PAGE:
Total Pageviews

Thursday, 1 December 2011

Hamish also enjoyed his stay at the Winter Palace Pavilion

We had a small extra passenger with us this year - Hamish the Heilan' Coo (translation for the non-Scottish - Highland Cow) and he too enjoyed his stay at the Winter Palace Pavilion

Hamish quickly secured a little bit of Egypt to be known as 'Little Scotland' for two weeks!!
A very brave Hamish perched on the balcony

Hamish had to sit down after perching on the balcony!!
Remember to take high factor sun screen on holiday to make sure you don't burn in the sun

Be safe at the pool and adhere to the guidelines (see below)
Be sure to keep within the rules of the pool

Luxor Street Scenes

I have included some street scene photos here, but there is a whole album full of them at

There are sometimes questions about what type of shoes to wear in Luxor and, while high heels and dressy shoes are OK in and around the hotels, you'll see from these photos that in many streets of Luxor, high heels are just not practical at all.  There are many broken pavements and very high kerbs, some of which can be seen in these photos.

The Butcher

Fruit and veg stall

One of the many back streets

Fruit and veg shop
Motor cycles everywhere!!

Fruit and veg seller

Fruit and veg shop

Live food!!

Street food sellers

The bakers
Typical pharmacy - this one is on the Lower Corniche

Wednesday, 30 November 2011

Personal Views

Prior to this holiday I had read about all sorts of nasty things happening in Luxor so was very wary about walking about as normal and for the first few nights kept a good hold of my handbag and kept my camera out of sight.  However, after that, although I did still keep an extra tight hold of my handbag, I took my camera out with me to take some photos of the fascinating streets that are just teeming with local people and found no problem at all.  You need to bear in mind though, that this was in the local back streets and not in the more 'touristy' areas.

One thing I didn't like too much was the large amount of motor cycles speeding around with no obvious respect for anyone walking on the road - and that's where everyone walks, including the locals and their children!  They sometimes also had two or three or more people on them, and some were showing off doing 'wheelies' and suchlike.  I didn't see this myself, but our friend saw a driver of a motor cycle change seats with his pillion passenger on the move!!  At the head of one wedding parade we saw a number of motor cycles 'escorting' the cars, then they stopped, made a circle and one chap started whizzing his motor cycle round and round in circles, with the engine still running, surrounded by locals.  It was quite scary as I thought it would only take one little slip and that motor cycle was going to crash into the crowd - as it happened, he did make a slip but the bike crashed into another bike and didn't injure anyone.  On a few nights however, a few days into the holiday, we did notice a larger Police presence, some on motor cycles themselves, and there was a new tow-truck on show.  On those nights, there was a marked difference in the amount of motor cycles being used in the streets. One of the locals did tell us that the hospital has had to cope with a large increase in the number of people being injured in motor cycle related accidents.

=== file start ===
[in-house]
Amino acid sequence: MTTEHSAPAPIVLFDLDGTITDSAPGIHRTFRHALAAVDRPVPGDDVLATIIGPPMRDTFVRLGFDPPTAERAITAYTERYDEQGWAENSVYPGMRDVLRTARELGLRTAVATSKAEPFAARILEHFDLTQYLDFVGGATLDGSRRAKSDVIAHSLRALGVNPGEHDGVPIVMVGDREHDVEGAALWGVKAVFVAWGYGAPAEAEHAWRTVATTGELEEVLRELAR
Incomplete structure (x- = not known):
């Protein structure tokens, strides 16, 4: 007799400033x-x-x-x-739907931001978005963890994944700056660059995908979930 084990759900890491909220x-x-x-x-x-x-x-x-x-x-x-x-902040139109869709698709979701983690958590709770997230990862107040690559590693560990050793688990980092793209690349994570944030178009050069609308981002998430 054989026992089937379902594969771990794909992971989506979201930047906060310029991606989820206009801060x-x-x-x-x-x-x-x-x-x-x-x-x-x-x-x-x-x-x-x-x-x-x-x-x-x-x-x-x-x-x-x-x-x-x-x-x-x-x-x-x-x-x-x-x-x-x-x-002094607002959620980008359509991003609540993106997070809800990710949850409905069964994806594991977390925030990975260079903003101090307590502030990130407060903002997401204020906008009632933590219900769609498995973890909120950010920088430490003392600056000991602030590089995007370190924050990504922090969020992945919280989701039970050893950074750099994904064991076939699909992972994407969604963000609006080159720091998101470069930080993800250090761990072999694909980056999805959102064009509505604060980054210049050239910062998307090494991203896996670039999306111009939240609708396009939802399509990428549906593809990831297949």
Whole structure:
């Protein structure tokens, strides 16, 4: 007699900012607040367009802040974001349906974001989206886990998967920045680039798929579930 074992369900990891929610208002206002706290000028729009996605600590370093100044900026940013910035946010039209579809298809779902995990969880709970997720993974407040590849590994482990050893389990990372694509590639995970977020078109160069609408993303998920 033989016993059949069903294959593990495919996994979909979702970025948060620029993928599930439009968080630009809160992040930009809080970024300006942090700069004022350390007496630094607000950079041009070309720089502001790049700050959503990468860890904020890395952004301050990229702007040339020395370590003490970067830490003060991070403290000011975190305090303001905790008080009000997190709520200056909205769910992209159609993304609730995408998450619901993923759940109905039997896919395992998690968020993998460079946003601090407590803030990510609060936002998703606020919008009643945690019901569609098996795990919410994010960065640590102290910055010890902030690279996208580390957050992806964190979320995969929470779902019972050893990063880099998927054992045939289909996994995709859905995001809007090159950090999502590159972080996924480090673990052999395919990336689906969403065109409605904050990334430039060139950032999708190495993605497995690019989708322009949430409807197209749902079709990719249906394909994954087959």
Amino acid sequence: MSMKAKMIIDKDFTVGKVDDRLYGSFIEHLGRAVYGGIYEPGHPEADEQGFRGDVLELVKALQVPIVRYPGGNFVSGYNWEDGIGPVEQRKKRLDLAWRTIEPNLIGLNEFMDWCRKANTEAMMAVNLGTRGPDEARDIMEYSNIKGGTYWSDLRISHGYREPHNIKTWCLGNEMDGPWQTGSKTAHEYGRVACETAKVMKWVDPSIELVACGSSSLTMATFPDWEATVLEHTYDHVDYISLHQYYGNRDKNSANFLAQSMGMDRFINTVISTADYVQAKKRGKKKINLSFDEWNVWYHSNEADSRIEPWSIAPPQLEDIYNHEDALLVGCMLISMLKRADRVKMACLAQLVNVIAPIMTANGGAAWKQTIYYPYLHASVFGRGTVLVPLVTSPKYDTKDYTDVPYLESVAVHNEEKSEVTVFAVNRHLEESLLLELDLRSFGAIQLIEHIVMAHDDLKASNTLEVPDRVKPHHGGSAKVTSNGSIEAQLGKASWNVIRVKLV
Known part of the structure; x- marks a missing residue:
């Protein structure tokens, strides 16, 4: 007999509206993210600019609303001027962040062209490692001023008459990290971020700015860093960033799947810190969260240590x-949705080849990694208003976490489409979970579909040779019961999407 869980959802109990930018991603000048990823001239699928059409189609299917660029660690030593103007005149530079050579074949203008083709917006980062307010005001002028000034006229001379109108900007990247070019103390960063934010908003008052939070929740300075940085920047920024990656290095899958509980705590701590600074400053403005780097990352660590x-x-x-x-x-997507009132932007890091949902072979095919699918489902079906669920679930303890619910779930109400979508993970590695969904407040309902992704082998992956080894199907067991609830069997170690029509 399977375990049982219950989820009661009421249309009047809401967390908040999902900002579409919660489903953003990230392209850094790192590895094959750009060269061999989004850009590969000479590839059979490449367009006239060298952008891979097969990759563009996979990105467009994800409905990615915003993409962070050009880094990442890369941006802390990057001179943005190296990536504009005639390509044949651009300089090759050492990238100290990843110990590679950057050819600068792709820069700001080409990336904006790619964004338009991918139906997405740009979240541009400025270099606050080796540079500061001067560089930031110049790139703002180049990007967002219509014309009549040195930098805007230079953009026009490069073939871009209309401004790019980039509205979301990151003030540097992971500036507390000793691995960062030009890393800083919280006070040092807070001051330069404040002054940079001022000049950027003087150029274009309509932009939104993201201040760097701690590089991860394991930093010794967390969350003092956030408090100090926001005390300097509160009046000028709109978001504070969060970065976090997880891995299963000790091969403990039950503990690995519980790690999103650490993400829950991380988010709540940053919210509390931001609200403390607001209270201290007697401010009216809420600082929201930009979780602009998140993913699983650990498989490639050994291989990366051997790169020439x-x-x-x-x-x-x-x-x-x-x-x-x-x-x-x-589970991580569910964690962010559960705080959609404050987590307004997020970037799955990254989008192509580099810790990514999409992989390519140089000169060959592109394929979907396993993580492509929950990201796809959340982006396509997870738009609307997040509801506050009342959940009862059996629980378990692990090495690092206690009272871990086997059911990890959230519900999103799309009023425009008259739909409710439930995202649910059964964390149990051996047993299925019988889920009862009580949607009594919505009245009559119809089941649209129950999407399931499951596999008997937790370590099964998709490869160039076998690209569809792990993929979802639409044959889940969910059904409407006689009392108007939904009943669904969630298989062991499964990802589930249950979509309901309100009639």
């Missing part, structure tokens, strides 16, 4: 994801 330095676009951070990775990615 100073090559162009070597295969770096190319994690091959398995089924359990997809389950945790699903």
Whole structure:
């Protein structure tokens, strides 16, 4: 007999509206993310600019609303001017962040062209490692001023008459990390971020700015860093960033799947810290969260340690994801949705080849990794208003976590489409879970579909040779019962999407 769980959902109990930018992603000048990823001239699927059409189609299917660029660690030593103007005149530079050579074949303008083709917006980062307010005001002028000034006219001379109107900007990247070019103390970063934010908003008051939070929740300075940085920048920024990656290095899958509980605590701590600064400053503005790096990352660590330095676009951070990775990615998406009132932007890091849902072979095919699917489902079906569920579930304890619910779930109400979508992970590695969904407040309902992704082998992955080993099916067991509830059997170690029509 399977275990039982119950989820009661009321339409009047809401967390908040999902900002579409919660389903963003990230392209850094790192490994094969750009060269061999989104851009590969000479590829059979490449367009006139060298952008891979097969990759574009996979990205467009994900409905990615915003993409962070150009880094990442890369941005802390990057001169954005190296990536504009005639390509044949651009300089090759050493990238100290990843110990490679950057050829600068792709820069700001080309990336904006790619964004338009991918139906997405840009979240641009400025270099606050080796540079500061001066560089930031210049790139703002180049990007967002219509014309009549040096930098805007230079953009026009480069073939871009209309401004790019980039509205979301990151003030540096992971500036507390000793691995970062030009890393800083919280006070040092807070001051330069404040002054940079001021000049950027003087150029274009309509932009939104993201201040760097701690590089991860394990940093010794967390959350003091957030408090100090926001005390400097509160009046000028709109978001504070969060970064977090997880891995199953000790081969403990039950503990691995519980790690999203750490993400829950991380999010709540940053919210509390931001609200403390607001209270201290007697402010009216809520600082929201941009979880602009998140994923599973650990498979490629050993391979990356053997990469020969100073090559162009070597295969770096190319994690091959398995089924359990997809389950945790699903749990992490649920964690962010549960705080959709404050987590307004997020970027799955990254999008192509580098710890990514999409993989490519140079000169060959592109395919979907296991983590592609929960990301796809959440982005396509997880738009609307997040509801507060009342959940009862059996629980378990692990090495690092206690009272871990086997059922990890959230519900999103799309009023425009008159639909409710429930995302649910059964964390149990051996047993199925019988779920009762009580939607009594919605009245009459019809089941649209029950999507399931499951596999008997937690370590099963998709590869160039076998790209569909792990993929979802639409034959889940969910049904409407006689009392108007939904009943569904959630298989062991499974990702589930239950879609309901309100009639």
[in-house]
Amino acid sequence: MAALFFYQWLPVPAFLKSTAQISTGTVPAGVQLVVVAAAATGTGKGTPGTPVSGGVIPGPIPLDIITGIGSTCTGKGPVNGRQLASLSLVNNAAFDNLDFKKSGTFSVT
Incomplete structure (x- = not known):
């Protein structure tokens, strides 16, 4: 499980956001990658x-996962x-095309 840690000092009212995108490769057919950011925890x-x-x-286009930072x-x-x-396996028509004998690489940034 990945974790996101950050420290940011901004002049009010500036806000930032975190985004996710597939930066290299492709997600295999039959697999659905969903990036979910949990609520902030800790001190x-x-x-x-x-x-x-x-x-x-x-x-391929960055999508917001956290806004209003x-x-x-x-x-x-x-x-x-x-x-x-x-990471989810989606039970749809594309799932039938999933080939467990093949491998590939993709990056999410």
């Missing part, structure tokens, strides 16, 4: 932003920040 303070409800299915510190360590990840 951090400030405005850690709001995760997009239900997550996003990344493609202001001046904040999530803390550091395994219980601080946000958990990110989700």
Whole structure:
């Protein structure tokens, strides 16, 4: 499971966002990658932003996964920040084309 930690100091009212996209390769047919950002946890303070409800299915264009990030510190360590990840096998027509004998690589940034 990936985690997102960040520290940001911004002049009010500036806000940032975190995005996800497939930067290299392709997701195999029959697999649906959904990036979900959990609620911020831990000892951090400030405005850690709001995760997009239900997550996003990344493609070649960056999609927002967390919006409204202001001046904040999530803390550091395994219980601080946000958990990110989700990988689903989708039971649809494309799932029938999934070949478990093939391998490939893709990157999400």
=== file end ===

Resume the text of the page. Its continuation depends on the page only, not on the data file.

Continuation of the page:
I did not see or hear of any thefts of handbags by motor cyclists during my stay.  I did however overhear a conversation between a tourist and a local felucca captain stating that someone had tried to pickpocket him near Luxor Temple.

I did find that the vendors, some of the children and some guardians were a little more persistent than on previous visits and it was a bit more difficult to get them to take 'no' for an answer.  I saw many under-nourished horses - more than on previous visits.  I found that the local cafes seemed to be short of supplies and only went out for them when they had customers to serve, which made service a lot slower than normal and some of the food was not really up to usual standards.  I did not walk anywhere on my own but on one short distance where I did, I was shouted at and laughed at by local youths but, of course, I had no idea what they were saying, so just ignored them and kept on walking, but I have never experienced that kind of attitude in the past.  We were chased along Medina Street one night by a youth wanting money but, when he saw nothing was forthcoming, he soon left us alone.

On the whole, I got the impression that the local people were pleased to see us, and things weren't really that much different from previous years.

And, lastly, we were all quite careful handling money and used the wet wipes and anti-bacterial spray lots, but there were one or two occasions where 'Antinal' was called for!!  The tummy upsets weren't too severe, but as we had lots of trips arranged, I did use a few tablets to make sure I wasn't going to be troubled while on my trips, particularly up in the balloon!!  These tablets are available at the local pharmacies and are cheap to buy.  You just need to be aware however that this is an antibiotic so you need to be careful if you are taking other medication that might react badly to it.  This is what the packaging and tablets look like

Monday 10th October - the journey home

It was an early start and up and away from the hotel without breakfast and then off to the airport.  It was a breeze at the airport with no hassles from anyone, no arguments about overweight cases, in fact no complaints about anything!  Was it all too good to be true - well, yes, it was!!